By Larry Lee
The events of the last few weeks have been eye opening for millions of people around the world. And as many within the African American community are again reminded of the challenges we encounter with law enforcement — and society as a whole — many people and companies outside of our community are becoming enlightened to the realities Black Americans face every day.
This “moral awakening” has been felt in nearly every corner of our society. Thoughtful leaders in areas such as politics, business, healthcare, technology, education, and more are recognizing that America has had structural and systemic barriers in place that have created disparities that have negatively impacted the African American community for generations. We applaud them.
Now, as the conversation begins to shift from “statements” to substance, the question is, what actions can leaders take in supporting this movement?
Some institutions have words such as “diversity” and “inclusion” in their mission statements, however, they struggle with fulfilling such objectives.
Internally, there are efforts you can make to appropriately invest in the community. Diversify your board or executive leadership; hire more Blacks; partner with Black youth organizations to develop a pipeline of future employees; mentor existing Black staff to move up the management chain; listen to your Black staff when they call out racist behavior; hire Black contractors; examine your procurement and make goals for improving your spend with Black businesses. This is just a start.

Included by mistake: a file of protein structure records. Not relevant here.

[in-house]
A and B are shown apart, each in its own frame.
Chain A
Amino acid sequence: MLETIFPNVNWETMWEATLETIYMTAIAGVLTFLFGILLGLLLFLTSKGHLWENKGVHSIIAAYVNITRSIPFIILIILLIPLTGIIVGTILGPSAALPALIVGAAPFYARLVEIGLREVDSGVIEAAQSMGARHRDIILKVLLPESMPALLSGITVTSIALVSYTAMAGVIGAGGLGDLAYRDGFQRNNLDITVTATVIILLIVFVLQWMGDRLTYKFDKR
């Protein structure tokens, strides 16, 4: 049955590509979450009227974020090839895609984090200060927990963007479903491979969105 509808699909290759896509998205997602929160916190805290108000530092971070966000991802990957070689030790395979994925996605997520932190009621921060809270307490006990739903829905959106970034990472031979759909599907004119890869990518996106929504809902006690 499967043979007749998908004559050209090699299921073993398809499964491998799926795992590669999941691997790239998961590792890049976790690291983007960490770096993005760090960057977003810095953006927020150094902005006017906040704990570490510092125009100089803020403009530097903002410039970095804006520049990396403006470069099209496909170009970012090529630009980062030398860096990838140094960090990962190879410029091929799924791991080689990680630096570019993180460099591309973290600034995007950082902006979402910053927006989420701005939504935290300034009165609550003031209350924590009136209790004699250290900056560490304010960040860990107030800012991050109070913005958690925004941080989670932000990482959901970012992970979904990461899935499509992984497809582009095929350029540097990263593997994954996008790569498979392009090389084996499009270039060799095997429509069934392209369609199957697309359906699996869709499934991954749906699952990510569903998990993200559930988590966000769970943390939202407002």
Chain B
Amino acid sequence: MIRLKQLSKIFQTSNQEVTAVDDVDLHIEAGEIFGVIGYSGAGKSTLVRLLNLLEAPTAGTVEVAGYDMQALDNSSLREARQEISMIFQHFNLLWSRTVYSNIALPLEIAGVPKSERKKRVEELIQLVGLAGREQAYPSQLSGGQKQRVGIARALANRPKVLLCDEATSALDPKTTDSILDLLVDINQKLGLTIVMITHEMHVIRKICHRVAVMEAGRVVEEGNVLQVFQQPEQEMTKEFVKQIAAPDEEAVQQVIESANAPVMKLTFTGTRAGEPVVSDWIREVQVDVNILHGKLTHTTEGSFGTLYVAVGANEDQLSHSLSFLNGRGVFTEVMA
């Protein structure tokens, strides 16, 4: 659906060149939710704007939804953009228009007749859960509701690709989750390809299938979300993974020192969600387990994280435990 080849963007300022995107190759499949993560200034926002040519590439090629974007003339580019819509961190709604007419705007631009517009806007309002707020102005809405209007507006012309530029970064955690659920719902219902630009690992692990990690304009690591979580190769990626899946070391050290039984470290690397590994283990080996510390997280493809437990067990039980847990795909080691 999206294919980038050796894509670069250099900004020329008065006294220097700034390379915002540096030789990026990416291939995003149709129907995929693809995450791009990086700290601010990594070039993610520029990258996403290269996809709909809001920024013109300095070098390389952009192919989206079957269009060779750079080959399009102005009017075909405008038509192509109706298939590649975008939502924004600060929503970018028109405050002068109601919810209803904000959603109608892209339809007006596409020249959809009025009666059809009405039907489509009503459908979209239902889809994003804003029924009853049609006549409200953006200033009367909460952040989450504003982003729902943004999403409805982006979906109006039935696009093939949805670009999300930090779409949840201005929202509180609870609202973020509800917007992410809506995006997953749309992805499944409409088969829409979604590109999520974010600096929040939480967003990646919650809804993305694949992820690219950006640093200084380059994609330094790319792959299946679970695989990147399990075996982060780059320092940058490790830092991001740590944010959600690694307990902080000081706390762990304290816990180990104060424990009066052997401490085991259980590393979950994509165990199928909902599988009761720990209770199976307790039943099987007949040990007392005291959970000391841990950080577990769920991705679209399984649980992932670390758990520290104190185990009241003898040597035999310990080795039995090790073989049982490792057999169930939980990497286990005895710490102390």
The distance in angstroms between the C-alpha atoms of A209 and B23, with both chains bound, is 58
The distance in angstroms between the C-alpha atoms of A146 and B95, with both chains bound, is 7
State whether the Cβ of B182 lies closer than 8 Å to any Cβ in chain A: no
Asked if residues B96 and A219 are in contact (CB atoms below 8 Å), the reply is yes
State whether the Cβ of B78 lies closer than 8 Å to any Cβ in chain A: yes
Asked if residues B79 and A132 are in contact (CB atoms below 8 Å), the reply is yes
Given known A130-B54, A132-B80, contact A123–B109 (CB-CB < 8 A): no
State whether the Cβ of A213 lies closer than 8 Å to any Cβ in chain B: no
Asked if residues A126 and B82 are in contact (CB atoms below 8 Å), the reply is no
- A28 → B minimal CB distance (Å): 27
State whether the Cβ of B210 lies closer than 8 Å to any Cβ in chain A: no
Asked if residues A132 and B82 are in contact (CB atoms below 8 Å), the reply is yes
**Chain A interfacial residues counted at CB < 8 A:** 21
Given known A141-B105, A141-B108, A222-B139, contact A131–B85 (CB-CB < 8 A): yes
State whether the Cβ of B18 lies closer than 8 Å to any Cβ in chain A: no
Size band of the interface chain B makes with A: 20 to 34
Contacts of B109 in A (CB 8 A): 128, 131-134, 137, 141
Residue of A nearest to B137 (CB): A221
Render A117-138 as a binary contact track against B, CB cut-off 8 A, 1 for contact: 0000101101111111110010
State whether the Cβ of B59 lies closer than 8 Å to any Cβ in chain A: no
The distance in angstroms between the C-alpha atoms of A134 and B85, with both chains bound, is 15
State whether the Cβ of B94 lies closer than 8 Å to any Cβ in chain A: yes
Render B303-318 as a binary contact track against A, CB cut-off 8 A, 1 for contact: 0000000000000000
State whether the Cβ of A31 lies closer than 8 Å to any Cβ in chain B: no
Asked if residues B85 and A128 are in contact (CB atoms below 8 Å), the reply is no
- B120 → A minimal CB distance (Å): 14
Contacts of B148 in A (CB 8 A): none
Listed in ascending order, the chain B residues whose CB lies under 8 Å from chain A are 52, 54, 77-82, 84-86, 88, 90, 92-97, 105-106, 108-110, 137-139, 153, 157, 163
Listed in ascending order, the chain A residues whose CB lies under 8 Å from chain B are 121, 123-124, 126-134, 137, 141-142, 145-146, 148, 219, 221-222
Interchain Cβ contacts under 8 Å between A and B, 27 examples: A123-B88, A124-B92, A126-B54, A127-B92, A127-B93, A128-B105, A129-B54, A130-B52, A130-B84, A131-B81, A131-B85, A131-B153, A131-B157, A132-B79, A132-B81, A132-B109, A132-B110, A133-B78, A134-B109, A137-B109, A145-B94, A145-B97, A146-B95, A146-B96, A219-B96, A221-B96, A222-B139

Externally, one area that matters to the Black community is the messaging that a company uses to communicate with them. Even more important is the messenger. Many organizations utilize mainstream media to illustrate their messages. While it is important to share such messages with mainstream audiences, the idea that those same messages resonate with the African American community is false. In fact, reports have shown that a large majority of African Americans respond positively to media messages and messengers that are emotionally and culturally connected to their community.
Utilizing Black-owned media is a must. The Black Press was the nation’s first Black business, starting in 1827 — 38 years before the end of slavery. It is one of the most important institutions that exists in the Black community, and it is woefully underutilized.
Does your company or workplace advertise in Black-owned media? If not, this is the time to change that. Few things go further than investing in media outlets that help educate and empower the Black community.
Since 1962, The Sacramento OBSERVER has both observed and inspired the Capital City’s African American community through our publications and media outlets. Black lives have always mattered to us. Our publication matters to Blacks. We hope that matters to you too.